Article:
This is an interesting question. I have gone in and labbed it up and it seems that I get the same results as you. However, if I attempt to issue the
telnet command with the link local address of the other router, and I don’t include the exit interface, it works:
% IPv6 routing table gigabitethernet2 does not exist
Trying FE80::2 ... Open
Password required, but none set
[Connection to fe80::2 closed by foreign host]
I have verified that this link local address is indeed on the far end of the GigabitEthernet2 connection and is not a local interface.
It seems that unlike PING, the TELNET protocol requires that the exit interface specified when using the link local scope ID must be in the routing table. But what happens if you have the same link local address to two different routers? I tried labbing that up to and I find that I still get the same error that the interface is not in the IPv6 routing table. But I also find that I am unable to connect via telnet using the link local address, even though I’ve configured both routers to accept telnet requests:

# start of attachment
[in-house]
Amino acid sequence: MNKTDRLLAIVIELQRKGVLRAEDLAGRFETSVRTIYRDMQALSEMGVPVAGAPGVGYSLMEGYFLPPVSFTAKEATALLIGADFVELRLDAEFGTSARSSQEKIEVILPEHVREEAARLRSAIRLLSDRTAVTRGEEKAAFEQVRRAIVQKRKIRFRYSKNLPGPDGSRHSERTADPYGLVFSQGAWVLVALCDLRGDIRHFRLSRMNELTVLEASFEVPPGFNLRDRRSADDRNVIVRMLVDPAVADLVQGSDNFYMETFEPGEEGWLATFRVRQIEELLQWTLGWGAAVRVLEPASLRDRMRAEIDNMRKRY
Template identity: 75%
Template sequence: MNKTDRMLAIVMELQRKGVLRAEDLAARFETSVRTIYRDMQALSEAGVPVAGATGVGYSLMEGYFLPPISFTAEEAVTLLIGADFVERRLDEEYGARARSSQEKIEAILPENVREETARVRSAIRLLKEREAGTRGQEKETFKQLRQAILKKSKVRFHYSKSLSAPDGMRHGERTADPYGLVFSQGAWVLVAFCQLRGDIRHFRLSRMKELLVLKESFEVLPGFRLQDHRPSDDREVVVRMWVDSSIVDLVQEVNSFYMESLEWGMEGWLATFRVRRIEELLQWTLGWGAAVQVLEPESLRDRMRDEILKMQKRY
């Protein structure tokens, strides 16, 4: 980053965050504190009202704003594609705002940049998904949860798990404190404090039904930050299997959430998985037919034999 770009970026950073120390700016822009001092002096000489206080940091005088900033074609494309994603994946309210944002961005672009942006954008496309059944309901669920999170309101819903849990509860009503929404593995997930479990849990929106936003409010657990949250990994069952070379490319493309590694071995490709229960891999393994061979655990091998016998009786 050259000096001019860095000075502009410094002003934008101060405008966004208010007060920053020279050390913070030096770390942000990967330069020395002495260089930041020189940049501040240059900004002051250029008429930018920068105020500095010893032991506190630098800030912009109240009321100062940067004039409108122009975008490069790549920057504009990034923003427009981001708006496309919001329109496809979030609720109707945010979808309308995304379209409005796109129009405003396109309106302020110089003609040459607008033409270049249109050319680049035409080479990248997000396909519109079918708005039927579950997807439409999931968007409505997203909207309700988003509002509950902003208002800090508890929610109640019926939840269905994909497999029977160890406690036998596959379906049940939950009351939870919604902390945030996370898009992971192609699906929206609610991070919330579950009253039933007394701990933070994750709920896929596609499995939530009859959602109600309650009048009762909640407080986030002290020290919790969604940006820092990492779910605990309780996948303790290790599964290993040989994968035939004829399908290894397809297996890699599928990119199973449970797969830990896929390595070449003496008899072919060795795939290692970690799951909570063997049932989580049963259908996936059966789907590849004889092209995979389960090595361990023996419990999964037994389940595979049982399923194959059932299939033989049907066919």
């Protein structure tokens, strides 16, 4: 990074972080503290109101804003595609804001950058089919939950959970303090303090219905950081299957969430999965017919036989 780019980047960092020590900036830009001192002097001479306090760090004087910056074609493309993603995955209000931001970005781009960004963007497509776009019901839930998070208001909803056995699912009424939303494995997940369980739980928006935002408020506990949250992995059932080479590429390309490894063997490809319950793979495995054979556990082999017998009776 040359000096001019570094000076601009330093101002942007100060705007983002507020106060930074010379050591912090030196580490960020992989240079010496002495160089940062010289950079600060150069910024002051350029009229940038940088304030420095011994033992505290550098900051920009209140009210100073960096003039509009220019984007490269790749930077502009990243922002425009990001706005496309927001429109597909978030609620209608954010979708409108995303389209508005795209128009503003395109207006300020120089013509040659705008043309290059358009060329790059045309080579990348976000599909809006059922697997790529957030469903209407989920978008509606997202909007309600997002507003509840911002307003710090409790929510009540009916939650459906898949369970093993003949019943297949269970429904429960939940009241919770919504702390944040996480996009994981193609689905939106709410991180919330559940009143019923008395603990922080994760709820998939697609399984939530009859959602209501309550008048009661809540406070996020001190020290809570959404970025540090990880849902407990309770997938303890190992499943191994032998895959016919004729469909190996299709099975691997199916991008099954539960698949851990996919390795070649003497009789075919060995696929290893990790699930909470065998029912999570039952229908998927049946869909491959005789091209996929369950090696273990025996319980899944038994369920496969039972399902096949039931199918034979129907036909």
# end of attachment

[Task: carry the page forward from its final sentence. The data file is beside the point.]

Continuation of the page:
R2#telnet fe80::1 !where fe80::1 is the link local address of
Trying FE80::1 ... ! both R1 and R3 connected to R2
% Connection refused by remote host
% IPv6 routing table gigabitethernet0/1 does not exist
My conclusion is that the telnet protocol, at least in the IOS versions we are using, requires the exit interface to be included in the routing table. (It doesn’t make sense since we’re talking about link local addresses, but there you go.) Using the link local address directly seems to get a response, but doesn’t actually work.
I suggest that you always use the global unicast address for telnet since you want to be able to access the devices from anywhere in the network.
Sorry I couldn’t have been more helpful!